The Bourne Identity | Study Guide

Robert Ludlum

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The Bourne Identity | Book 2, Chapter 17 | Summary



Jason Bourne and Jacqueline Lavier dine at a restaurant just outside Paris. When he asks her about the "fiche confidentielle" from the bank in Zurich, she panics, realizing he knows she is part of a secret network. "We're after the same man," he tells her, posing as a representative of an international company that "Jason Bourne" has plundered. He explains to her that all efforts to kill Bourne have gone awry. Why do Lavier and her people want Bourne?

Jacqueline Lavier repeatedly demands he leave Paris. Why does he have to interfere? He tells her he wants to make things as difficult as possible for Jason Bourne, at the expense of the reputation and safety of the bankers in Zurich and Paris. If someone at Les Classiques activated the fiche, why would she not want Bourne caught? She continues to deny everything until Bourne explains he will implicate Les Classiques in a scandal. He continues pressing her, saying his group is going after Carlos. Lavier is outraged. How could they even imagine Carlos is reachable?

Finally, Bourne asks her about the connection between "Bourne" and Carlos. She responds: Bourne is Cain. For a moment the real Bourne feels cracked open, his mind and memory going to places he cannot consciously follow. "Cain is for Charlie. Delta is for Cain!" he thinks, shaking, lost. Readers do not yet understand this phrase, but Jason Bourne will repeat it to himself frequently from now on.

"Carlos will follow Cain to the ends of the earth and kill him," Lavier says. Briggs's "group" chose the wrong assassin. It doesn't matter if they know their mistake now. In paying Cain/Bourne, they earned Carlos's enmity.

It all doesn't quite make sense. Lavier continues: hiring Cain was a mistake, not only because it caused Carlos's hatred. It was a mistake because Carlos is more connected than Cain. He is also infallible. Cain will be defeated, but Carlos, never. Then she says Cain emanated from Southeast Asia and mentions the name "Medusa." Jason Bourne goes deeper into his own subconscious. Jacqueline Lavier explains Cain is American—his arrogance assures it. Bourne "remembers" Cain's kills.

According to Lavier Carlos's network received a positive identification of Cain from an informant in Washington. The Americans, she explains, are equally obsessed with Cain/Bourne. They know the two are the same man. He started in Singapore, stealing from his clients there. Then came Medusa. Cain has been an active assassin, a direct competitor with Carlos, for two years. In that time he has been everywhere, assassinating targets in different countries within days. Carlos, Lavier says, believes Cain takes credit for hits he has not made. His lies are an attempt to draw Carlos out, to make him make a mistake.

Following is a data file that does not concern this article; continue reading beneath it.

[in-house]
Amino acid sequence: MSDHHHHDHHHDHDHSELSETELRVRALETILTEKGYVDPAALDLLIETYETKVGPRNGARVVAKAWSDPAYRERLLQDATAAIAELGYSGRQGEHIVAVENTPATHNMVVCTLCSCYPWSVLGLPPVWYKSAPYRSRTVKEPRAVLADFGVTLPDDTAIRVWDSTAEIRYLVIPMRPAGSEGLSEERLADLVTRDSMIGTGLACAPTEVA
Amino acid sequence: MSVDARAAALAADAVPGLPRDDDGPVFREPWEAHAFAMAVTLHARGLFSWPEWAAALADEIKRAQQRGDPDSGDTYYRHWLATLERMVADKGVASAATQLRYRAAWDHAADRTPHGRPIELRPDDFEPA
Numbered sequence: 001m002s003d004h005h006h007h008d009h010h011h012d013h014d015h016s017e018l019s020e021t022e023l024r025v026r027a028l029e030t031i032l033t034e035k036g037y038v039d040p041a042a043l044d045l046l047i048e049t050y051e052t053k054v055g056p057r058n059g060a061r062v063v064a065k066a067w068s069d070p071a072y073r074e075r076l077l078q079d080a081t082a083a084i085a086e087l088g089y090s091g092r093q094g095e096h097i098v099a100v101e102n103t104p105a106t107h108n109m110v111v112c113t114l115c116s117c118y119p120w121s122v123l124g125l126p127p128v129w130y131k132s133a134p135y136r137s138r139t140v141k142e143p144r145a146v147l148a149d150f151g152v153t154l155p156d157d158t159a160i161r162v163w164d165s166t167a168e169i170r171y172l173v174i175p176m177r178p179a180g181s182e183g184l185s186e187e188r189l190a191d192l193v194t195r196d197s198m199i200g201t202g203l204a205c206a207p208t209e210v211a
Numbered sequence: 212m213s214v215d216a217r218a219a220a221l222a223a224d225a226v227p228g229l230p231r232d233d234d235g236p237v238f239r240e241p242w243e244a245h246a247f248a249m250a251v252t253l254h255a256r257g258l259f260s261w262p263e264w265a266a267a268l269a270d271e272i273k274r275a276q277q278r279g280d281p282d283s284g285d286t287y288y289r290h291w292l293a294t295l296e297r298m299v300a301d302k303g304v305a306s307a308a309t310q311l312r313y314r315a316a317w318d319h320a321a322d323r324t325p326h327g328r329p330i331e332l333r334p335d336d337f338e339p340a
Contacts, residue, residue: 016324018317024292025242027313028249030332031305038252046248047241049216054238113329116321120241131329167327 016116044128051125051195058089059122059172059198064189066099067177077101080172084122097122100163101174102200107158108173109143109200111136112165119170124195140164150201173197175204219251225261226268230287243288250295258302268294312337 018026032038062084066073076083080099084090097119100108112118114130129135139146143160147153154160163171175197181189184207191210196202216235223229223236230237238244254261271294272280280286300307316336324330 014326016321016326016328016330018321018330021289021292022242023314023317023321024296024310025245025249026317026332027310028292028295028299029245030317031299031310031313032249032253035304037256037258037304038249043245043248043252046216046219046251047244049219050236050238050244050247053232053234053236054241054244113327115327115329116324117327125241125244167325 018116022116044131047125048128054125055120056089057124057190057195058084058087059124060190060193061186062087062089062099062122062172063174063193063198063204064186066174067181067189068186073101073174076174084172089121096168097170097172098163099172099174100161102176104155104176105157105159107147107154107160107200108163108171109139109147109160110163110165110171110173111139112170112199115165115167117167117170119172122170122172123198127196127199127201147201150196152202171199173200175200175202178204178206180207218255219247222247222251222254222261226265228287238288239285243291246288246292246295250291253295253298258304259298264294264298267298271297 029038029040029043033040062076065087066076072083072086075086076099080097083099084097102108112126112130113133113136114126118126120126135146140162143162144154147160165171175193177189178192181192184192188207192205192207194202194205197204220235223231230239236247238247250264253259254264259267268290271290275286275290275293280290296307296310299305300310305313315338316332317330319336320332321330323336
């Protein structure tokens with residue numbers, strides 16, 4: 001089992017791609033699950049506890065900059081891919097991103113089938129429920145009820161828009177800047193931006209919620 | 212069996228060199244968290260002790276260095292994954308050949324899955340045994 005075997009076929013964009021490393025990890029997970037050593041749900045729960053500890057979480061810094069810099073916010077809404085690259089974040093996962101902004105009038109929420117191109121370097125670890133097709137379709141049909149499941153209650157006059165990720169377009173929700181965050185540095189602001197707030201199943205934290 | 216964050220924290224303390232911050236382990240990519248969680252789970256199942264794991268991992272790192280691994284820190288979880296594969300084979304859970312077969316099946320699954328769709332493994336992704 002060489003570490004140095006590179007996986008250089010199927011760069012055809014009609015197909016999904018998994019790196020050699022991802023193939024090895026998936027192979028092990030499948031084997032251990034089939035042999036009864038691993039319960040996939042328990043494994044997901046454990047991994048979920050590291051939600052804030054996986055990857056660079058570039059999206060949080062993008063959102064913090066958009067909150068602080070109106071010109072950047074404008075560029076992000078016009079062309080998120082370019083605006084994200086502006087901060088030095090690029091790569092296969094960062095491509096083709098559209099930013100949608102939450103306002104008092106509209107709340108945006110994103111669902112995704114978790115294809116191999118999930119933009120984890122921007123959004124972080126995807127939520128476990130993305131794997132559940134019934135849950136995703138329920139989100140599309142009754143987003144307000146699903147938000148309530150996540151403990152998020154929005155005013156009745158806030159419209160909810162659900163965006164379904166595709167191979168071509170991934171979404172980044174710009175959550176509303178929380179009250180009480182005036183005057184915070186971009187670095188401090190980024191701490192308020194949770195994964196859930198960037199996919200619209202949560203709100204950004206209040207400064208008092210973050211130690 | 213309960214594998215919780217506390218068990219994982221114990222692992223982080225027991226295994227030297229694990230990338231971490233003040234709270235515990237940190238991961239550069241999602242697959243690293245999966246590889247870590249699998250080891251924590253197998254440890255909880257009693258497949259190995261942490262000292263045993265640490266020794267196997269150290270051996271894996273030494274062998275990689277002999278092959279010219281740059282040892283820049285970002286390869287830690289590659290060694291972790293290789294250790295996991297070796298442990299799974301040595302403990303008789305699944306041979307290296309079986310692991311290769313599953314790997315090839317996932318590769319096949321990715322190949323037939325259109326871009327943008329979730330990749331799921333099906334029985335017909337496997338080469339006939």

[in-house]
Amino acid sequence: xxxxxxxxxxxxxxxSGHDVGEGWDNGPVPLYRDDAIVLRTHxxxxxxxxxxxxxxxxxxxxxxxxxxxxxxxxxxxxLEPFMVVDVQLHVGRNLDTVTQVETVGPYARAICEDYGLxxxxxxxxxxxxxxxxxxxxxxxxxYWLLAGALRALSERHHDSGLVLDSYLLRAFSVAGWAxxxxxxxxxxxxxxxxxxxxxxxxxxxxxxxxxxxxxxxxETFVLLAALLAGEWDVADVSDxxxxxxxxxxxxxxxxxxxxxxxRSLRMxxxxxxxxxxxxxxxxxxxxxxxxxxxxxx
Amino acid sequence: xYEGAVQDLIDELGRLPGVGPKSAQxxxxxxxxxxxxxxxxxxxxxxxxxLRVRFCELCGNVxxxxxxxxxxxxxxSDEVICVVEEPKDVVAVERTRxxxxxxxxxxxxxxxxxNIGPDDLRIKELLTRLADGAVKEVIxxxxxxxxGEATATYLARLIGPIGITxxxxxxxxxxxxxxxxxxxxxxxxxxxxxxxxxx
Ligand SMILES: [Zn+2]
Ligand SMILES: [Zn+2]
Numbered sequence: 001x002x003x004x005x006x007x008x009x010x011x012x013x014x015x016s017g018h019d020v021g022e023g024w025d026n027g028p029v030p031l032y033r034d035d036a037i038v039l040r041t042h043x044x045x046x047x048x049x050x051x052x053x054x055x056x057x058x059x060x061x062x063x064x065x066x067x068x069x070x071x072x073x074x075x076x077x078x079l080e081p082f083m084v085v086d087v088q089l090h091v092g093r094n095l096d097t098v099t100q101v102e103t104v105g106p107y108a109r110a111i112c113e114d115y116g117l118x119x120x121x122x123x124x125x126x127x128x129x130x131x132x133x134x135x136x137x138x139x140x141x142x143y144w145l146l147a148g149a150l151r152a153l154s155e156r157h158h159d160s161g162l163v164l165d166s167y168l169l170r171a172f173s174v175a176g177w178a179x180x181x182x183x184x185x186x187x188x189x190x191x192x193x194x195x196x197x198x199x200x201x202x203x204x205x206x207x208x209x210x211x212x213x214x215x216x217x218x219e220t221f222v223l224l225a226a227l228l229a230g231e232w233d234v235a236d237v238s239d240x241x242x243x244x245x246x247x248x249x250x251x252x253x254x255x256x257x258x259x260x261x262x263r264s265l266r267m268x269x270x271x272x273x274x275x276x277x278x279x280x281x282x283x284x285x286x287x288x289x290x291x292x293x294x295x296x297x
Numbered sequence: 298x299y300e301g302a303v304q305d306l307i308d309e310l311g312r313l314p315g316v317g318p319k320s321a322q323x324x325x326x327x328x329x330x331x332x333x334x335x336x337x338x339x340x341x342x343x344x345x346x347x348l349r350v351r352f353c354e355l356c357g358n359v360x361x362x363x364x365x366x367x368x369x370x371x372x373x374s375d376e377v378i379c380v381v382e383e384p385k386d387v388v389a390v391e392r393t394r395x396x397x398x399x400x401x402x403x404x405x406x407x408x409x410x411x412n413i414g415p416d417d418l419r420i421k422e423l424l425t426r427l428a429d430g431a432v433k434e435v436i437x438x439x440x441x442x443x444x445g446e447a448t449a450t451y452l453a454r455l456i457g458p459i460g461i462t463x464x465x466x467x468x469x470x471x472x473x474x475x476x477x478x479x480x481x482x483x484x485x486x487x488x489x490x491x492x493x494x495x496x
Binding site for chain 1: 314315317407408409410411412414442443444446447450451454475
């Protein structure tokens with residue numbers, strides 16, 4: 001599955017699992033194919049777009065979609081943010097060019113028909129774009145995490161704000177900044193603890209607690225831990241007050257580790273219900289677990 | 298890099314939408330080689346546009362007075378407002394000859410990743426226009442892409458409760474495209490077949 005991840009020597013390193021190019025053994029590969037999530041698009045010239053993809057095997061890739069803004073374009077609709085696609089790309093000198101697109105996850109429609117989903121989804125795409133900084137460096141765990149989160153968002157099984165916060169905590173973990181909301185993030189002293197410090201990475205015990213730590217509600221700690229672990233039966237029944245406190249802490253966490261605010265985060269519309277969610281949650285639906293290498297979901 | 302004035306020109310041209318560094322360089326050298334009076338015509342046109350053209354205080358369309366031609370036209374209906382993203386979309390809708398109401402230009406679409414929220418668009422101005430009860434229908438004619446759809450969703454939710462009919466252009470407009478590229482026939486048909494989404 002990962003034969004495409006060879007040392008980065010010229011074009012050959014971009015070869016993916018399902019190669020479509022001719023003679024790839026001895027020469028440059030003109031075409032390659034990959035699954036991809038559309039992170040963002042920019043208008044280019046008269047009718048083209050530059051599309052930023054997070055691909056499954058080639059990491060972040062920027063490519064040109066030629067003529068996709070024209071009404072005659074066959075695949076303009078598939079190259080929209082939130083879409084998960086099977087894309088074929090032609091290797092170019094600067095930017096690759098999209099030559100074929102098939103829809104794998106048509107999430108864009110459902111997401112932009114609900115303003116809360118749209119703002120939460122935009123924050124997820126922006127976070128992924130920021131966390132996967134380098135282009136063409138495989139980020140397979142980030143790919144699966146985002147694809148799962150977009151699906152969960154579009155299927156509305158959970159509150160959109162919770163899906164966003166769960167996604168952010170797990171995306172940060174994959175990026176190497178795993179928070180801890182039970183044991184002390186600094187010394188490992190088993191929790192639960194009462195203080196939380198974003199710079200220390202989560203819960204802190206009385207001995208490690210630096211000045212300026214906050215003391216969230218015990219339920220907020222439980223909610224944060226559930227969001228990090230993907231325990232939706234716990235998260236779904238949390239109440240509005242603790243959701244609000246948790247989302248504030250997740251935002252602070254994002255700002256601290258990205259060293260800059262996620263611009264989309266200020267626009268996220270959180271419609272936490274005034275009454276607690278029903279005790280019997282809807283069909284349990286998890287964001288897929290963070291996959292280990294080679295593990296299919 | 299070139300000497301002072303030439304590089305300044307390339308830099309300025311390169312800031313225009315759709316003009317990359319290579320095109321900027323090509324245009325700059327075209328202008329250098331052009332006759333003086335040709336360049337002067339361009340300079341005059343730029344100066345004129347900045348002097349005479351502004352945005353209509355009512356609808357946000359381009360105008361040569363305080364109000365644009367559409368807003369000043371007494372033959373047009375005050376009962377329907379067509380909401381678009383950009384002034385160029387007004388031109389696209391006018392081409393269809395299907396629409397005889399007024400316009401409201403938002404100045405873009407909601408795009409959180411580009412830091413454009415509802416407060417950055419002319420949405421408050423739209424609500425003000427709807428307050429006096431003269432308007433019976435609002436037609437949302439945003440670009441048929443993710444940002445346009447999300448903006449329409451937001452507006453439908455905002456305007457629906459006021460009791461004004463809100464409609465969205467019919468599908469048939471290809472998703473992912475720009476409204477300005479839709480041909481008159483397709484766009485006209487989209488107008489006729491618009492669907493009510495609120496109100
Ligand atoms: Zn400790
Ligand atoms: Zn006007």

For several months Cain was inactive. He must have needed to go to ground. It would have been too difficult to maintain his pace without making more mistakes. Carlos's people lured Cain to a fishing trawler in Marseilles, and then he disappeared a few days before Ambassador Howard Leland's death. Jason Bourne and Jacqueline Lavier come to a compromise. He will not set the police on Les Classiques. She has given him all the information on Cain she can. Now his people will know to hunt down Cain.

Heart racing, Jason says to himself, "I am Cain." It is a horrifying realization.

Dinner is over and Jacqueline goes to the ladies' room. Bourne waits, reeling with his new knowledge. A flash photograph startles him, and the hostess hands him a note. Lavier took her own cab back to Paris, with a photograph of him for identification. She suspects he is Cain and has sent men to capture him.

Bourne leaves immediately for Paris. He has to see Marie—and then leave her. He never wants her to know the truth. The man she loves is Cain.


"Cain is for Charlie. Delta is for Cain!" Bourne repeats this phrase to himself many times. Is it a code or a mantra? It sounds like a nursery rhyme or nonsense—or a hypnotic trigger. Whatever its origins, the phrase is a trigger and a charge for Bourne. He can't escape it and doesn't understand its true significance. Because of his amnesia and PTSD, he also assumes that whatever he remembers must be evidence of the darkness of his past. How could someone with his knowledge and instincts possibly be good? Again, he is like a child here, jumping to a conclusion without fully understanding the many potential sides of the issue.

Jacqueline Lavier is a complex character, both the powerful mistress of a high priced and exclusive fashion house and a Carlos loyalist. It is difficult to tell why, exactly, she involves herself in the world of crime. There is no evidence of her having a political affiliation or agenda, and her participation in high fashion, a purely frivolous capitalist industry, does not match her devotion to the man who loves to sow chaos. Unfortunately, the reader never learns more about Lavier.

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